Admission is free and open to the public.


On Sunday at 1:30 p.m. – moved earlier because of the Packer in the Super Bowl – at the historic Gates of Heaven Synagogue (below), 302 East Gorham Street in James Madison Park – the early music group Eliza’s Toyes will perform.

The program “Treasures of Seville” features music from the late 14th century through late 16th century, composed by Sevillanos such as Morales, Vasquez, de la Torre, Alonso, Achieta, Escobar, Pedro and Fracisco Guerrero and more.

Eliza’s Toyes (below) is a small group of musicians who began as a vocal group in the Madison Early Music Festival, and has grown to include instruments as well: Arielle Basil, soprano; Katherine Peck, soprano; Sandy Erickson, alto/recorders; Theresa Koenig, alto/dulcian; Steve Johnson, tenor; Ben Li, baritone; Jerry Hui, bass/recorders; and Doug Towne, lute.

Prof. Steven Hutchinson, from the Department of Spanish and Portuguese at the UW-Madison, will give a pre-concert lecture at 1 p.m. on Seville’s history, and its significance in both the development of Spain as well as music history in general.

Admission is free, but a free-will donation will be accepted

For more information, including performer biographies, recordings and photos, visit:

Earlier on Sunday, “Sunday Afternoon Live from the Chazen” features the Lawrence Chamber Players (below) from 12:30 to 2 p.m. in Brittingham Gallery III at the Chazen Museum of Art. It will be broadcast live by Wisconsin Public Radio.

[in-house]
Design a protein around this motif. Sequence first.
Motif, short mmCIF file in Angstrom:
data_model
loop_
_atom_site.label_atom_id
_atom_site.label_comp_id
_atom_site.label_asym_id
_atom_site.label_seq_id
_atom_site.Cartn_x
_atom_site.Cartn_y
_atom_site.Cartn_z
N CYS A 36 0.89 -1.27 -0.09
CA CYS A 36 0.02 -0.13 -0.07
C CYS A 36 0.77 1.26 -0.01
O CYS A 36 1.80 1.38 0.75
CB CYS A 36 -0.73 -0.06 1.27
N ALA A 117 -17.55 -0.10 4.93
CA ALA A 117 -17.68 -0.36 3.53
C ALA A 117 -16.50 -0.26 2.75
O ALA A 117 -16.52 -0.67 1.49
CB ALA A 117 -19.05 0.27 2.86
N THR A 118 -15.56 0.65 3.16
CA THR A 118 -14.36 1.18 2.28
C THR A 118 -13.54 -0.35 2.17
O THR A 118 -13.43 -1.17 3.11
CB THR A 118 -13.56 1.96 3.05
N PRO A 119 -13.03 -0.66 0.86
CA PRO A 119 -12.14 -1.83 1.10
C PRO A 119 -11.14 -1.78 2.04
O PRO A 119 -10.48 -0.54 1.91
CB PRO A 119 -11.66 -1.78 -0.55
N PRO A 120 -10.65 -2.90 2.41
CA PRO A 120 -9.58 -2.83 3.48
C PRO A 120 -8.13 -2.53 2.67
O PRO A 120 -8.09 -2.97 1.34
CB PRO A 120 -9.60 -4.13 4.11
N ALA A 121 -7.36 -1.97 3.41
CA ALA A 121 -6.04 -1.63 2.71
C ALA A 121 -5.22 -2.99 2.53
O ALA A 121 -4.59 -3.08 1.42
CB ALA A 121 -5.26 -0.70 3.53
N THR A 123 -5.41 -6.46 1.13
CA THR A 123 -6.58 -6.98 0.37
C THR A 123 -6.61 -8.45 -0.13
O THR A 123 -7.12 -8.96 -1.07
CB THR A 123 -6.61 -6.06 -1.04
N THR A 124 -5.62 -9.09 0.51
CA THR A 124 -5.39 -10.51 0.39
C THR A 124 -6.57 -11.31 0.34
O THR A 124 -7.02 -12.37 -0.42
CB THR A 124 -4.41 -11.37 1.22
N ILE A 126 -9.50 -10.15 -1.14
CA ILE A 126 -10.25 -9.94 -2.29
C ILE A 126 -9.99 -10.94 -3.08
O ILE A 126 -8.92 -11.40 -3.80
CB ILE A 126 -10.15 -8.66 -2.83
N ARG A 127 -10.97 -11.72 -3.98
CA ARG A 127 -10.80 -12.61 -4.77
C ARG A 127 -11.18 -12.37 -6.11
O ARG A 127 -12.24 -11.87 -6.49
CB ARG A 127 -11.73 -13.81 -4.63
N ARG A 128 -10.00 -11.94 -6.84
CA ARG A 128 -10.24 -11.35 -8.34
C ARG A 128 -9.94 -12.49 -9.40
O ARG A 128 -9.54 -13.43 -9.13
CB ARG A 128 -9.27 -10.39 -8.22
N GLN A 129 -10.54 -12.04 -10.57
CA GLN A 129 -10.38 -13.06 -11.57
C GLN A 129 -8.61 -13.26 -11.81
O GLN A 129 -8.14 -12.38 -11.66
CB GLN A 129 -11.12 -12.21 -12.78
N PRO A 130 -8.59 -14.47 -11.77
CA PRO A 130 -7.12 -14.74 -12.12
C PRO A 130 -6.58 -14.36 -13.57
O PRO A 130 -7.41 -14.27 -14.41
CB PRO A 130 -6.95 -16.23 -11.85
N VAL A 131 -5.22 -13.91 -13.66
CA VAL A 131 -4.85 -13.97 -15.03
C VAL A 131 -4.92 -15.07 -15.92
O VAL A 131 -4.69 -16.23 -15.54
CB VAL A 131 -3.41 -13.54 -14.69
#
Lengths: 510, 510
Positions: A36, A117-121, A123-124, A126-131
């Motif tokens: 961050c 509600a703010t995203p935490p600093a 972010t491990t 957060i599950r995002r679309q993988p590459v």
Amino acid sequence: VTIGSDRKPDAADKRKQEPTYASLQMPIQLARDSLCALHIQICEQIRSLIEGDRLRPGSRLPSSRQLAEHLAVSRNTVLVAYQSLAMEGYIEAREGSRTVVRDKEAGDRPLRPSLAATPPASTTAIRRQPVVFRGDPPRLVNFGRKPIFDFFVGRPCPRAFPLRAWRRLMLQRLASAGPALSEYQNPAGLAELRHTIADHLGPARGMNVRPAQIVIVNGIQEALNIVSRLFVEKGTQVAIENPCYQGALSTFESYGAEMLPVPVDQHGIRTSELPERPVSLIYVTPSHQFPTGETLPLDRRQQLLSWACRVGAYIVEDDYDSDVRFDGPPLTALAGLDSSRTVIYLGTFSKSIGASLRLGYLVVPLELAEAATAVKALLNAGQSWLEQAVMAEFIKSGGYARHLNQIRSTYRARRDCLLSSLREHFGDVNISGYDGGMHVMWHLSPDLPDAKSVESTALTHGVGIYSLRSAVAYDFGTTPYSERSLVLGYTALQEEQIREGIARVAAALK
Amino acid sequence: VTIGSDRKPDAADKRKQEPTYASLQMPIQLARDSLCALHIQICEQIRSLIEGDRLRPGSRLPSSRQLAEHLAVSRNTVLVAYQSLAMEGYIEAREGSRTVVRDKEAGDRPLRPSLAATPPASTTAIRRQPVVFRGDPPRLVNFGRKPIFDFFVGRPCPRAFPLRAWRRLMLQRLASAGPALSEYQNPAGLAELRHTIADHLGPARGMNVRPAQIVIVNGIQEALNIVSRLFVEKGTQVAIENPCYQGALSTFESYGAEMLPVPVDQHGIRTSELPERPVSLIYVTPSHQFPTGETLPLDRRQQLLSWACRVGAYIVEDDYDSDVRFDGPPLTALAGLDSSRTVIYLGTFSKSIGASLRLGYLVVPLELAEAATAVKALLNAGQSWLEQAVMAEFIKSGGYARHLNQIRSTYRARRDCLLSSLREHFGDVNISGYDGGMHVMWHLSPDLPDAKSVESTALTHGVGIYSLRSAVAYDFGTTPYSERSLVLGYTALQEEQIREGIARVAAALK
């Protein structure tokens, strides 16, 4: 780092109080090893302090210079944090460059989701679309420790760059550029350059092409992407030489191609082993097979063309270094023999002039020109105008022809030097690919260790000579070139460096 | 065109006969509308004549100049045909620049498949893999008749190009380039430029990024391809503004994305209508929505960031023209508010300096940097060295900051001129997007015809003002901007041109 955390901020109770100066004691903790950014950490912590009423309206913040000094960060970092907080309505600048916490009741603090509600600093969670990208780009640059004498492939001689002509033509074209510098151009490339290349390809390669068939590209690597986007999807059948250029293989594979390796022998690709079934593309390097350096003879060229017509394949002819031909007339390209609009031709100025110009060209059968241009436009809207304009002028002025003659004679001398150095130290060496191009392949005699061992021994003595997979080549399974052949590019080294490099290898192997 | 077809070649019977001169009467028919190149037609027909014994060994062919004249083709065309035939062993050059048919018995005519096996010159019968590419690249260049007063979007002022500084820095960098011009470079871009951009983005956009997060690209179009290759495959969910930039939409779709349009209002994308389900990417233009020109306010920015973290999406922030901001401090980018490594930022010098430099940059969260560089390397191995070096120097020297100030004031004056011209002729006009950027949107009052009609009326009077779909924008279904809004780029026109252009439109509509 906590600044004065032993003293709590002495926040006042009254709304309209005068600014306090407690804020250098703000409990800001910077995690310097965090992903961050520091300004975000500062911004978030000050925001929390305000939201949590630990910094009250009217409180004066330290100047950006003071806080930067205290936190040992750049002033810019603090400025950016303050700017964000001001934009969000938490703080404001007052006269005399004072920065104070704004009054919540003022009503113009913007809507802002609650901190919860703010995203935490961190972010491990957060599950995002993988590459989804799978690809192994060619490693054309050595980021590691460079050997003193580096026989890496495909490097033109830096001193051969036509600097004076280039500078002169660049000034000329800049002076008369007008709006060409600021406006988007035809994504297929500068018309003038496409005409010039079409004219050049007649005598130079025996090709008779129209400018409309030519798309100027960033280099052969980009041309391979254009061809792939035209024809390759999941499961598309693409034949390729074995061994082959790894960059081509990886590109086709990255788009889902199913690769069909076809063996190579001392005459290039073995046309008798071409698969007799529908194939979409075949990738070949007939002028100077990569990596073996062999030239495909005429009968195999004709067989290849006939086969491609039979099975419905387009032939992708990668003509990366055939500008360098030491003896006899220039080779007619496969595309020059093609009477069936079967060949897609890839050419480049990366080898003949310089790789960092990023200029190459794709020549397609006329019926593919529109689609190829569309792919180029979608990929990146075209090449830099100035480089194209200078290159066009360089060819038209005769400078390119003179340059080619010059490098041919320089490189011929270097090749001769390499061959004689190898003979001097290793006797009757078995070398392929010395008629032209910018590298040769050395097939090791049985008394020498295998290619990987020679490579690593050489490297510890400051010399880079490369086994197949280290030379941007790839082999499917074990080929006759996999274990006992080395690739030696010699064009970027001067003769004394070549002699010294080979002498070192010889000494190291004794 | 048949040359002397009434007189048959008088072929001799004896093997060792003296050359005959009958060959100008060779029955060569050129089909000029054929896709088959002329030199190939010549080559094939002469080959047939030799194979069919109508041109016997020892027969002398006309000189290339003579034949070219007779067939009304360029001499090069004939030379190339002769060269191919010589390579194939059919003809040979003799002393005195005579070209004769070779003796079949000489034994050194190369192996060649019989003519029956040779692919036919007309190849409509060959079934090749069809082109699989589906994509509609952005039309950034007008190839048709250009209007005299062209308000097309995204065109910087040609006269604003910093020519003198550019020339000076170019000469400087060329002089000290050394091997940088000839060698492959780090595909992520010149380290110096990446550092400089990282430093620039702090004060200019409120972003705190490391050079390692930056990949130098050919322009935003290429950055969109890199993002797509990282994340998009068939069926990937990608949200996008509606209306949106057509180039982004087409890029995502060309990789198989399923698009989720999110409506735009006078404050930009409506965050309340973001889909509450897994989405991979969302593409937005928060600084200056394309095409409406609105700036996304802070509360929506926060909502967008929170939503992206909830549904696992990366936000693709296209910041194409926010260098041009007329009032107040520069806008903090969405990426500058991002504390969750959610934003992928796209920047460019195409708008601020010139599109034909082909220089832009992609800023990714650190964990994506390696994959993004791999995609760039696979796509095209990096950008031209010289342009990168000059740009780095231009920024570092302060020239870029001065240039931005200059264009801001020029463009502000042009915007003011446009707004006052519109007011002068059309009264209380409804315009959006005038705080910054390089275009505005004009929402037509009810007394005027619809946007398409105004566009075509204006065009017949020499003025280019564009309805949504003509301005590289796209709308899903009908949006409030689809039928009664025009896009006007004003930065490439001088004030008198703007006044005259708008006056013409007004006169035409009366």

The program of classics includes Beethoven’s Duo in E-flat for Viola and Violoncello and Brahms’ Trio No. 1 in B Major for Piano, Violin, and Violoncello, Op. 8.

The Lawrence Chamber Players include Lawrence University faculty Wen Lei Gu, Samantha George, Matthew Michelic, Mark Urness, Janet Anthony and Howard Niblock.  John Eckstein, visiting cello professor from the University of Utah, who will be playing for Janet Anthony who is on sabbatical.

Members of the Chazen Museum of Art or Wisconsin Public Radio can call ahead and reserve seats for Sunday Afternoon Live performances. Seating is limited. All reservations must be made Monday through Friday before the concert and claimed by 12:20 p.m. on the day of the performance. For more information or to learn how to become a museum member, contact the Chazen Museum at (608) 263-2246.

A reception follows the performance, with refreshments generously donated by Fresh Madison Market, Coffee Bytes and Step & Brew. A free docent-led tour in the Chazen galleries begins every Sunday at 2 p.m.

Posted in Classical music